DESEGREGATION IN AN ERA OF RESEGREGATION: HOW HETEROGENEOUS SECONDARY SCIENCE CLASSES INCREASE STUDENT ACHIEVEMENT AND ENTRANCE INTO THE STEM PIPELINE
Paushter, Matthew Kalman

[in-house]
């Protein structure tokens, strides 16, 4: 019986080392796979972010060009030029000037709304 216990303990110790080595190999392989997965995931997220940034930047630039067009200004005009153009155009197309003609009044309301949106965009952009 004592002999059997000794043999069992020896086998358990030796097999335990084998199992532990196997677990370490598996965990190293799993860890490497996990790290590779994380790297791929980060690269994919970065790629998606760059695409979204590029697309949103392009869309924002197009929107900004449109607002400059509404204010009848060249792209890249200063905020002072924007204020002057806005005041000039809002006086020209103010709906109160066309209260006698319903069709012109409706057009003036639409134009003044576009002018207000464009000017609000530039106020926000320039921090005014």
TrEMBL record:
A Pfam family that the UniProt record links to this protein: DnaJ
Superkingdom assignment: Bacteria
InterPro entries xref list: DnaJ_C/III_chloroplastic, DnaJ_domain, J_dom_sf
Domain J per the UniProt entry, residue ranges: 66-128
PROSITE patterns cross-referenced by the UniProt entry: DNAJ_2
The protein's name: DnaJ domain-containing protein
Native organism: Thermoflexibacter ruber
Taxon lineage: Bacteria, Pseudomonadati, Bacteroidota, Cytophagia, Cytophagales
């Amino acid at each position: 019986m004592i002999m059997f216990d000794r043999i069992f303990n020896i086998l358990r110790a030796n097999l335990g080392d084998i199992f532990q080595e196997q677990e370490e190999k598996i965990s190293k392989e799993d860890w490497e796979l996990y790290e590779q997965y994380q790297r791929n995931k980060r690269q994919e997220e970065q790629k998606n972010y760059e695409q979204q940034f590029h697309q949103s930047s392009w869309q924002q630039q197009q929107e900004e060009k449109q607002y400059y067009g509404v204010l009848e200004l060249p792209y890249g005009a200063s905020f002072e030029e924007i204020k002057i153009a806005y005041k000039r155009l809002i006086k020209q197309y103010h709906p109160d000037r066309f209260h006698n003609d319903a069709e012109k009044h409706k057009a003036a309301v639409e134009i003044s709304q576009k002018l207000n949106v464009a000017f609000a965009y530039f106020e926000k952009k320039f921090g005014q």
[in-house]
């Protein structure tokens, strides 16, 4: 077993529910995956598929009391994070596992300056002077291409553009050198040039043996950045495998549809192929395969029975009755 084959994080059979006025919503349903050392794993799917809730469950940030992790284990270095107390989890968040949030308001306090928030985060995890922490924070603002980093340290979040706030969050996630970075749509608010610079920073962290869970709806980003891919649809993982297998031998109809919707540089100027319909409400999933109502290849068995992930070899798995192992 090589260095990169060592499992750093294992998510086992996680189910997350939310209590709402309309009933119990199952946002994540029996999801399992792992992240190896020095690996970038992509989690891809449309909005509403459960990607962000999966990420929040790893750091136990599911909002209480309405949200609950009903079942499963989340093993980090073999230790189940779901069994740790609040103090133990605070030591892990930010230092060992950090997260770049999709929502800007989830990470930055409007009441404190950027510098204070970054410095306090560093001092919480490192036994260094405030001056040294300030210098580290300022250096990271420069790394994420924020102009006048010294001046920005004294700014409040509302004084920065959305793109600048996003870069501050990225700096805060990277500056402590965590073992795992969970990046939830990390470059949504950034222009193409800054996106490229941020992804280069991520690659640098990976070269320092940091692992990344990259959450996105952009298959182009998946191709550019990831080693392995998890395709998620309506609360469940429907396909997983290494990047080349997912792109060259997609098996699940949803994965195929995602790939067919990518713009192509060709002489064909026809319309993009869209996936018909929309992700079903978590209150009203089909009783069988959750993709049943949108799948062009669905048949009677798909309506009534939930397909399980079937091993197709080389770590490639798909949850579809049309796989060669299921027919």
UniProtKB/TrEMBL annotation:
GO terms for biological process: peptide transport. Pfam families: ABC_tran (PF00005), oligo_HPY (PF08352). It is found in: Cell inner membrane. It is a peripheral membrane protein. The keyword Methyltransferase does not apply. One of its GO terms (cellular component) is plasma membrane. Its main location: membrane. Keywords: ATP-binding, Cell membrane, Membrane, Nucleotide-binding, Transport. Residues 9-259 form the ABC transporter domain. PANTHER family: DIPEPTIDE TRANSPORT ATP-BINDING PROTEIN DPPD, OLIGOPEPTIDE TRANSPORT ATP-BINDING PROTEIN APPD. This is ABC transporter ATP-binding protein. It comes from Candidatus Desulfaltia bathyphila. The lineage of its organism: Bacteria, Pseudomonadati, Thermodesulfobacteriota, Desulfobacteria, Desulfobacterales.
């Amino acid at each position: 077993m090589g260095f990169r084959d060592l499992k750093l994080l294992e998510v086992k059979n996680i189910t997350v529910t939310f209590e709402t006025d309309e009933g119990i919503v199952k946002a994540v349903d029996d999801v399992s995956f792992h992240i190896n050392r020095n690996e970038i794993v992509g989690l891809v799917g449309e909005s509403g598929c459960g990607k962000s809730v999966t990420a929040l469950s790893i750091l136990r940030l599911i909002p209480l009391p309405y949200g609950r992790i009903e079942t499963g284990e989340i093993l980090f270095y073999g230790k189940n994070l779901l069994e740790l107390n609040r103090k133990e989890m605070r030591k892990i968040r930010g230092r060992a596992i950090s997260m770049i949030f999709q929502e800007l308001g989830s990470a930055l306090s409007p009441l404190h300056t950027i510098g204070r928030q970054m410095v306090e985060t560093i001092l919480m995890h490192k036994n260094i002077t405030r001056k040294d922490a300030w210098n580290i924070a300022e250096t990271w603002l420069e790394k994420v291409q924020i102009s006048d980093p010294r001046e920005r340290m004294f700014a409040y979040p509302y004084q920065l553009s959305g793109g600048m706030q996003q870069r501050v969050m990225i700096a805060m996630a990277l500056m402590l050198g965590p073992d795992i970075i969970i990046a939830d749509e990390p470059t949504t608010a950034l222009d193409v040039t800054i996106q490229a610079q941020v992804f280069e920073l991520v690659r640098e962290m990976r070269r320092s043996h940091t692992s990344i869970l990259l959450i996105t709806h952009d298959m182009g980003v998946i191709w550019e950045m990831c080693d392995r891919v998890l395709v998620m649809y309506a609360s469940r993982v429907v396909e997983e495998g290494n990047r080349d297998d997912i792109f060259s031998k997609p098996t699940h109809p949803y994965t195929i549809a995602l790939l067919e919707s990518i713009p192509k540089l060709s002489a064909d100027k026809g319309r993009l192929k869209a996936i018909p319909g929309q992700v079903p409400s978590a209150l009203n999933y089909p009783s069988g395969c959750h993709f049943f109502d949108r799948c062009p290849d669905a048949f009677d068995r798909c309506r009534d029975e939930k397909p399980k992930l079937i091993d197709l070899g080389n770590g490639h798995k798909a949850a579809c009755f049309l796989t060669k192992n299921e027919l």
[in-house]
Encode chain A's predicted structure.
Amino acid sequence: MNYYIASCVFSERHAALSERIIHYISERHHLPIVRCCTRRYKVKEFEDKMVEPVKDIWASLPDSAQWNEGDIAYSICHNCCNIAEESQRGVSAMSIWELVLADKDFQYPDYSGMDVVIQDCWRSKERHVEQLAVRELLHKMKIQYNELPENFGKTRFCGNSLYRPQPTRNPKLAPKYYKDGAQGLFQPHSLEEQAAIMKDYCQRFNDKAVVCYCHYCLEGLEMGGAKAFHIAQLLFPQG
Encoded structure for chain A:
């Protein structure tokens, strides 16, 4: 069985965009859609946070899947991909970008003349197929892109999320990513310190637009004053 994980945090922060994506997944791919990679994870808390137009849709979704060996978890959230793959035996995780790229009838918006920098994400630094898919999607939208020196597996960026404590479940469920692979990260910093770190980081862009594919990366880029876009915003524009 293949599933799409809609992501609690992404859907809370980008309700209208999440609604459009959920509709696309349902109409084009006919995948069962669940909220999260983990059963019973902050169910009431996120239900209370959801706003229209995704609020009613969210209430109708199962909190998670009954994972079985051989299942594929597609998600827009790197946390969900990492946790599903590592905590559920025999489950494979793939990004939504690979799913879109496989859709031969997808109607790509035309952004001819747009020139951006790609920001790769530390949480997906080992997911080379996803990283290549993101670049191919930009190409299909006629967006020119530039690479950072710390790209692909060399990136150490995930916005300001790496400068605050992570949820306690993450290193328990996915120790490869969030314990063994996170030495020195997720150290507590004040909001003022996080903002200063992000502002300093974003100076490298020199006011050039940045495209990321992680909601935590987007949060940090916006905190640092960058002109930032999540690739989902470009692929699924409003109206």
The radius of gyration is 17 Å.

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African American students are underrepresented in high-level secondary science courses that preclude them from pursuing post-secondary science, technology, engineering, and mathematics (STEM) degrees and careers. A significant factor associated with this problem is the institutionalized organization of secondary curriculum and instruction that disproportionately tracks or groups students of color into lower-level courses. African American students are disproportionately placed into lower-level science courses where they receive an inequitable opportunity to learn. A mixed methods design was used in which both qualitative and quantitative data were embedded within a major design intervention trial to address the negative effects caused by ability grouping in science by measuring the effect of heterogeneous chemistry classes on student achievement, self-efficacy, engagement, and interest in science. Findings revealed that regardless of course recommendation, initial achievement levels, and race, initially lower and higher achieving students enrolled in high-level heterogeneous science classes outperform their peers in traditionally grouped course levels and have higher levels of self-efficacy. Findings suggest that teacher professional development in the areas of differentiated instruction, mindset, and self-efficacy are important factors contributing to the success of students in heterogeneous classes.